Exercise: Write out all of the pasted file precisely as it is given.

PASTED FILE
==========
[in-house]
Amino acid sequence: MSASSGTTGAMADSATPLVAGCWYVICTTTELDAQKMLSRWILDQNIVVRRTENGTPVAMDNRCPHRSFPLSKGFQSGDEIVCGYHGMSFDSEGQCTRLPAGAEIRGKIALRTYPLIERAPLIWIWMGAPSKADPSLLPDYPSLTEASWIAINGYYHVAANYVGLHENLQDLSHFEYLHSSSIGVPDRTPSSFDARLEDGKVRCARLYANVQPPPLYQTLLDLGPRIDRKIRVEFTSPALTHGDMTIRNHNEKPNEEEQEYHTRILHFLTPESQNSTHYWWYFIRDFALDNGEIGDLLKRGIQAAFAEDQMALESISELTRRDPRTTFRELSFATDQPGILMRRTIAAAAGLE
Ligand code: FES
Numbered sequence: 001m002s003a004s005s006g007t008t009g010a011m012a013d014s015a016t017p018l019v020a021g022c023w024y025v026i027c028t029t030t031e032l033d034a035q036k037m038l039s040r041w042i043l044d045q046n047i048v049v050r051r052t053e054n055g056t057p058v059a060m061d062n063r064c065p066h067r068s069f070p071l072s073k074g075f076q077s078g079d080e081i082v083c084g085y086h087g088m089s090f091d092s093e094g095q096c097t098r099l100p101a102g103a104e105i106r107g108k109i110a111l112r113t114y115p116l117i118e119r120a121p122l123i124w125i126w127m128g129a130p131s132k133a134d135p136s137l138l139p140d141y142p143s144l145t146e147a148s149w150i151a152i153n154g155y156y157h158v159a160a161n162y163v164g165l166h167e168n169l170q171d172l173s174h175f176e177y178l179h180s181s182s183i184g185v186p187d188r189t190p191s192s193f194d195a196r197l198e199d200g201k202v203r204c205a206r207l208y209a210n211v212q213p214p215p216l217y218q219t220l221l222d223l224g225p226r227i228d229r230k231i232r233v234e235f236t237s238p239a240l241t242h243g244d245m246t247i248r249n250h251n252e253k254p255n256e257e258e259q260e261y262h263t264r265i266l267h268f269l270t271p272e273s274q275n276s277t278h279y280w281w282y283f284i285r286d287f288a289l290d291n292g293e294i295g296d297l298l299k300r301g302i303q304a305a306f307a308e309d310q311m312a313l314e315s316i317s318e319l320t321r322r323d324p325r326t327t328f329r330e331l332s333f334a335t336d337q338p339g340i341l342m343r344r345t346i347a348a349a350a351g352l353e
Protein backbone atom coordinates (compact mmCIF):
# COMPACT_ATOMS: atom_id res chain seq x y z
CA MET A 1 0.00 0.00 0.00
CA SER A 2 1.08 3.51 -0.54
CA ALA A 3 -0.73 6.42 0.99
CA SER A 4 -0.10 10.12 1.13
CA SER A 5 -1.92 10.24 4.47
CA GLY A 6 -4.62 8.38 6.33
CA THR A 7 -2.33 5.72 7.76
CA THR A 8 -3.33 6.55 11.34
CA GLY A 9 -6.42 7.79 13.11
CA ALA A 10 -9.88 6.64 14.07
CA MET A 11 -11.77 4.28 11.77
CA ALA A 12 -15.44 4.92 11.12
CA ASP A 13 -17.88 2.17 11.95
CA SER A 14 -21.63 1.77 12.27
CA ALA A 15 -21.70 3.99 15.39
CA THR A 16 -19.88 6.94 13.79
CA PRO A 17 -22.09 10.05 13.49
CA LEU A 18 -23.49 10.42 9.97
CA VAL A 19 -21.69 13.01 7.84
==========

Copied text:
[in-house]
Amino acid sequence: MSASSGTTGAMADSATPLVAGCWYVICTTTELDAQKMLSRWILDQNIVVRRTENGTPVAMDNRCPHRSFPLSKGFQSGDEIVCGYHGMSFDSEGQCTRLPAGAEIRGKIALRTYPLIERAPLIWIWMGAPSKADPSLLPDYPSLTEASWIAINGYYHVAANYVGLHENLQDLSHFEYLHSSSIGVPDRTPSSFDARLEDGKVRCARLYANVQPPPLYQTLLDLGPRIDRKIRVEFTSPALTHGDMTIRNHNEKPNEEEQEYHTRILHFLTPESQNSTHYWWYFIRDFALDNGEIGDLLKRGIQAAFAEDQMALESISELTRRDPRTTFRELSFATDQPGILMRRTIAAAAGLE
Ligand code: FES
Numbered sequence: 001m002s003a004s005s006g007t008t009g010a011m012a013d014s015a016t017p018l019v020a021g022c023w024y025v026i027c028t029t030t031e032l033d034a035q036k037m038l039s040r041w042i043l044d045q046n047i048v049v050r051r052t053e054n055g056t057p058v059a060m061d062n063r064c065p066h067r068s069f070p071l072s073k074g075f076q077s078g079d080e081i082v083c084g085y086h087g088m089s090f091d092s093e094g095q096c097t098r099l100p101a102g103a104e105i106r107g108k109i110a111l112r113t114y115p116l117i118e119r120a121p122l123i124w125i126w127m128g129a130p131s132k133a134d135p136s137l138l139p140d141y142p143s144l145t146e147a148s149w150i151a152i153n154g155y156y157h158v159a160a161n162y163v164g165l166h167e168n169l170q171d172l173s174h175f176e177y178l179h180s181s182s183i184g185v186p187d188r189t190p191s192s193f194d195a196r197l198e199d200g201k202v203r204c205a206r207l208y209a210n211v212q213p214p215p216l217y218q219t220l221l222d223l224g225p226r227i228d229r230k231i232r233v234e235f236t237s238p239a240l241t242h243g244d245m246t247i248r249n250h251n252e253k254p255n256e257e258e259q260e261y262h263t264r265i266l267h268f269l270t271p272e273s274q275n276s277t278h279y280w281w282y283f284i285r286d287f288a289l290d291n292g293e294i295g296d297l298l299k300r301g302i303q304a305a306f307a308e309d310q311m312a313l314e315s316i317s318e319l320t321r322r323d324p325r326t327t328f329r330e331l332s333f334a335t336d337q338p339g340i341l342m343r344r345t346i347a348a349a350a351g352l353e
Protein backbone atom coordinates (compact mmCIF):
# COMPACT_ATOMS: atom_id res chain seq x y z
CA MET A 1 0.00 0.00 0.00
CA SER A 2 1.08 3.51 -0.54
CA ALA A 3 -0.73 6.42 0.99
CA SER A 4 -0.10 10.12 1.13
CA SER A 5 -1.92 10.24 4.47
CA GLY A 6 -4.62 8.38 6.33
CA THR A 7 -2.33 5.72 7.76
CA THR A 8 -3.33 6.55 11.34
CA GLY A 9 -6.42 7.79 13.11
CA ALA A 10 -9.88 6.64 14.07
CA MET A 11 -11.77 4.28 11.77
CA ALA A 12 -15.44 4.92 11.12
CA ASP A 13 -17.88 2.17 11.95
CA SER A 14 -21.63 1.77 12.27
CA ALA A 15 -21.70 3.99 15.39
CA THR A 16 -19.88 6.94 13.79
CA PRO A 17 -22.09 10.05 13.49
CA LEU A 18 -23.49 10.42 9.97
CA VAL A 19 -21.69 13.01 7.84